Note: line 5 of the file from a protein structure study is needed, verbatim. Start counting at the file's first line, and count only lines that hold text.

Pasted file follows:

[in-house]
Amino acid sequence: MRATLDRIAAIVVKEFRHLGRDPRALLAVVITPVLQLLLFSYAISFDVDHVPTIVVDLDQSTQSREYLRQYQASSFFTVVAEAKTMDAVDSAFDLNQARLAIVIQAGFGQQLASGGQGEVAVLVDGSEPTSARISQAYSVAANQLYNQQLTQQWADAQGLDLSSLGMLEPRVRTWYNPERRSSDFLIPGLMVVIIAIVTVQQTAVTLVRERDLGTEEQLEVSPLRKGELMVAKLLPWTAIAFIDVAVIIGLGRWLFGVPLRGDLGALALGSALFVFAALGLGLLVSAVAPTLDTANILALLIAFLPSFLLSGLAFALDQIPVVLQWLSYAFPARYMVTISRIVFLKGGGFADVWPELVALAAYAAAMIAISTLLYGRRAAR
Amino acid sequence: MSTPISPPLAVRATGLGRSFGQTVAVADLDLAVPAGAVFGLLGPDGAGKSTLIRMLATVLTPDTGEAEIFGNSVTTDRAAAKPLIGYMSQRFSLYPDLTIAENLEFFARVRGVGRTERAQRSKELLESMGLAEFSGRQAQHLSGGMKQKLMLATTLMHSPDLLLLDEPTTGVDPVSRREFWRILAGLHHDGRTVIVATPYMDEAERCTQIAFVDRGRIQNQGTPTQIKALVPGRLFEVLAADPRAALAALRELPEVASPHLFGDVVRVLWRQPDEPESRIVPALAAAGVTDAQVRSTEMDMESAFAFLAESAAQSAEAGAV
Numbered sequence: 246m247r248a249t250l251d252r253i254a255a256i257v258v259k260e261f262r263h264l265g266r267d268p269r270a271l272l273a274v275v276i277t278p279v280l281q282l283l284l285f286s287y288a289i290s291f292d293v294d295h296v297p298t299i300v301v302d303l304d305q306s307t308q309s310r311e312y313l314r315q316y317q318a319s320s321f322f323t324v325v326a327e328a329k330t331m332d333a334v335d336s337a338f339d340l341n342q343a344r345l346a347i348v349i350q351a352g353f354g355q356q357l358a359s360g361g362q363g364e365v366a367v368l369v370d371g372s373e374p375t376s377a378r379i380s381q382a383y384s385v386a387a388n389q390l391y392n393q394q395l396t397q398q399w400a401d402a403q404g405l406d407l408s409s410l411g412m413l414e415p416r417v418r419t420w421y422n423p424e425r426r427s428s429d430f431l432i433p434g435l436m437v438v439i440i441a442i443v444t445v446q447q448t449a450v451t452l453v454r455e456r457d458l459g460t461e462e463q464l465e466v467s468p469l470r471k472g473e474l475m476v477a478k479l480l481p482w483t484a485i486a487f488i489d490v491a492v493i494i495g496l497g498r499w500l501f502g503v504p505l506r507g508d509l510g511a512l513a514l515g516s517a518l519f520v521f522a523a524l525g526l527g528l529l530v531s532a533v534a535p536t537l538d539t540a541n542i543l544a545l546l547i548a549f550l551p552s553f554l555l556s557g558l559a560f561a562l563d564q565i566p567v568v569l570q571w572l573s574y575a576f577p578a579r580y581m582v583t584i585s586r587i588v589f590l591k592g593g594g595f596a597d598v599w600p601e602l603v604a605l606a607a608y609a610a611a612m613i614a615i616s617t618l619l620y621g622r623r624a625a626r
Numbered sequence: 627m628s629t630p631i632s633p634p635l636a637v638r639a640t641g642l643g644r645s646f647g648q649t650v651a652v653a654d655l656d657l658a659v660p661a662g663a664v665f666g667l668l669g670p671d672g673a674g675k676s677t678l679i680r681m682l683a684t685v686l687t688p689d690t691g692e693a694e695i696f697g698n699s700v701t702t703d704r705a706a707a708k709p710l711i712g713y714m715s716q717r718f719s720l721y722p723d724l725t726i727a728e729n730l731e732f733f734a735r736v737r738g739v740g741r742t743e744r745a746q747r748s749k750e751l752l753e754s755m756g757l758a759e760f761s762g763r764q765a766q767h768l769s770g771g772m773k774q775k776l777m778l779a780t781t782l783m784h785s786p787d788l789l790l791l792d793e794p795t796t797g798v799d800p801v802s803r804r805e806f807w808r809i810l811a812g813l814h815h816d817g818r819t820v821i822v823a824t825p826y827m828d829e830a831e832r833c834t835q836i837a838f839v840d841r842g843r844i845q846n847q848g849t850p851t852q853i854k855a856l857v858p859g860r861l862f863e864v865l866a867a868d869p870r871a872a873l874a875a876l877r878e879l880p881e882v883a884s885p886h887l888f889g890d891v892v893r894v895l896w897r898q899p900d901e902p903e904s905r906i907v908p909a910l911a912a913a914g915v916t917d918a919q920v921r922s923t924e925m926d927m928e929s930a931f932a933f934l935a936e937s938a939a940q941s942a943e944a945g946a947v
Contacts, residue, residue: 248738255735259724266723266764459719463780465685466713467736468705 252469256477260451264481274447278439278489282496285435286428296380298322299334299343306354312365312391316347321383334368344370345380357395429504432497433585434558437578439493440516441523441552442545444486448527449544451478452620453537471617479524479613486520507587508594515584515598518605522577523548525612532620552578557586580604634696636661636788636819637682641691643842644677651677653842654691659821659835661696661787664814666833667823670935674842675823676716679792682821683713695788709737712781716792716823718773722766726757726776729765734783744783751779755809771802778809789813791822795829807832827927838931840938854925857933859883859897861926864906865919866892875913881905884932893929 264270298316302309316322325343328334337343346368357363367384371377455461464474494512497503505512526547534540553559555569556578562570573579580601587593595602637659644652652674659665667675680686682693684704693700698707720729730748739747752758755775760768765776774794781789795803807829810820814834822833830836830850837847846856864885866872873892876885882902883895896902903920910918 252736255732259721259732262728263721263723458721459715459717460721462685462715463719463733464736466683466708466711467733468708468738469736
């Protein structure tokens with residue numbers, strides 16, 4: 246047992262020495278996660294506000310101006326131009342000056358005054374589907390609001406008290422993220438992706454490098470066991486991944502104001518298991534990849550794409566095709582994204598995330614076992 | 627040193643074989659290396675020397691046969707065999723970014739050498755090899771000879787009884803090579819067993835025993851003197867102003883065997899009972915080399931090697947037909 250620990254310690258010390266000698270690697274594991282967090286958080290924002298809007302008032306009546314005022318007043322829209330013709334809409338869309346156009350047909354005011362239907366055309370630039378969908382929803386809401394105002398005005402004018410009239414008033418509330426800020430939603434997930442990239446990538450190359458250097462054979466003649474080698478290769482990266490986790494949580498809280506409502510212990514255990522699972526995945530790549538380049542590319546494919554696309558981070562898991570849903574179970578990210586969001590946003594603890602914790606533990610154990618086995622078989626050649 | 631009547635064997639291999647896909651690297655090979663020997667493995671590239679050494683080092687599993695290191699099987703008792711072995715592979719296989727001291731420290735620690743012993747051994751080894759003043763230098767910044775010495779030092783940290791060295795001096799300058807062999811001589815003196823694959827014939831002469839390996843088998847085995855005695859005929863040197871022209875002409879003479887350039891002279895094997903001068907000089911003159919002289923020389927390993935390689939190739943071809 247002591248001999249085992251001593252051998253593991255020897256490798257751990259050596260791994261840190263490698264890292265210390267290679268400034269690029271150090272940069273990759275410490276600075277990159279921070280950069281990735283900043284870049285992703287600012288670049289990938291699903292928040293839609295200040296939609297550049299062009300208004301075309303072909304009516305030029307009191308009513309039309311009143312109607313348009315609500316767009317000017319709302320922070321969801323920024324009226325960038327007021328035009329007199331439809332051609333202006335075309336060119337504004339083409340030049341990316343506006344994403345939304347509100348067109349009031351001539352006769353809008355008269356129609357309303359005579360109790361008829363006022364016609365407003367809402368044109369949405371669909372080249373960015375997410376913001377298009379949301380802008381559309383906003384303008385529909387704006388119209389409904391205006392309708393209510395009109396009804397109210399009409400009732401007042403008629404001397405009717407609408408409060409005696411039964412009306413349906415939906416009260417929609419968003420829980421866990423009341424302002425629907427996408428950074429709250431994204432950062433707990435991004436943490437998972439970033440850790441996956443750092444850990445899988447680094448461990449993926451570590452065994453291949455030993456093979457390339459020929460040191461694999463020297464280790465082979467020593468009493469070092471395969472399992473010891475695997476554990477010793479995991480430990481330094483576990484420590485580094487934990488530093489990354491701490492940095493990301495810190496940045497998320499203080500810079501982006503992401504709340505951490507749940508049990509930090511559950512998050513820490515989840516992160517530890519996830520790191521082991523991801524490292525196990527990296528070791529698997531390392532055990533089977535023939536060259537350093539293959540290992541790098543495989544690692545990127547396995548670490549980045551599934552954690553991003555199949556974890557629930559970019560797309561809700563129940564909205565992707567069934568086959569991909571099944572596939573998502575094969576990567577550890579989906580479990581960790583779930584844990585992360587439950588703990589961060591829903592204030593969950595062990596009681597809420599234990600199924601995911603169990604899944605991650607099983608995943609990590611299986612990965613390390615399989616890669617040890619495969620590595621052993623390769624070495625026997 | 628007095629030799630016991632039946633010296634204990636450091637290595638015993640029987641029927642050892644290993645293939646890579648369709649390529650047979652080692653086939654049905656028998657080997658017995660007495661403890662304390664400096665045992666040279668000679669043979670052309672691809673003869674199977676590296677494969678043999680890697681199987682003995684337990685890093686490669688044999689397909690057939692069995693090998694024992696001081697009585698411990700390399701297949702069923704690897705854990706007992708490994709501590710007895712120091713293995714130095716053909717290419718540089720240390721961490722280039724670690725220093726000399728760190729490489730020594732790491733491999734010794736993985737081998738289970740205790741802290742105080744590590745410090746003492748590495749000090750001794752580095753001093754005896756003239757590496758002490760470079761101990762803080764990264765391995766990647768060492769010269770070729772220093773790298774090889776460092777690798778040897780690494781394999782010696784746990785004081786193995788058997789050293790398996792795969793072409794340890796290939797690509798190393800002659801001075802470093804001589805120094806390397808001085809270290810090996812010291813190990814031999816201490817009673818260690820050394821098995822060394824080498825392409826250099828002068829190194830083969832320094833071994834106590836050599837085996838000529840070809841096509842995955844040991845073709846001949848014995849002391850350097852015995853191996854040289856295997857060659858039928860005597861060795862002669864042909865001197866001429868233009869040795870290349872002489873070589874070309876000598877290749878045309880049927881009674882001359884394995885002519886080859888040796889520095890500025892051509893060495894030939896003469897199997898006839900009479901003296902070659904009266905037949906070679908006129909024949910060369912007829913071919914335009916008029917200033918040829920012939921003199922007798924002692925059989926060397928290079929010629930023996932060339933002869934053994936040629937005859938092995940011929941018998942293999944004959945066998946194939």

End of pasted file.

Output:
Numbered sequence: 627m628s629t630p631i632s633p634p635l636a637v638r639a640t641g642l643g644r645s646f647g648q649t650v651a652v653a654d655l656d657l658a659v660p661a662g663a664v665f666g667l668l669g670p671d672g673a674g675k676s677t678l679i680r681m682l683a684t685v686l687t688p689d690t691g692e693a694e695i696f697g698n699s700v701t702t703d704r705a706a707a708k709p710l711i712g713y714m715s716q717r718f719s720l721y722p723d724l725t726i727a728e729n730l731e732f733f734a735r736v737r738g739v740g741r742t743e744r745a746q747r748s749k750e751l752l753e754s755m756g757l758a759e760f761s762g763r764q765a766q767h768l769s770g771g772m773k774q775k776l777m778l779a780t781t782l783m784h785s786p787d788l789l790l791l792d793e794p795t796t797g798v799d800p801v802s803r804r805e806f807w808r809i810l811a812g813l814h815h816d817g818r819t820v821i822v823a824t825p826y827m828d829e830a831e832r833c834t835q836i837a838f839v840d841r842g843r844i845q846n847q848g849t850p851t852q853i854k855a856l857v858p859g860r861l862f863e864v865l866a867a868d869p870r871a872a873l874a875a876l877r878e879l880p881e882v883a884s885p886h887l888f889g890d891v892v893r894v895l896w897r898q899p900d901e902p903e904s905r906i907v908p909a910l911a912a913a914g915v916t917d918a919q920v921r922s923t924e925m926d927m928e929s930a931f932a933f934l935a936e937s938a939a940q941s942a943e944a945g946a947v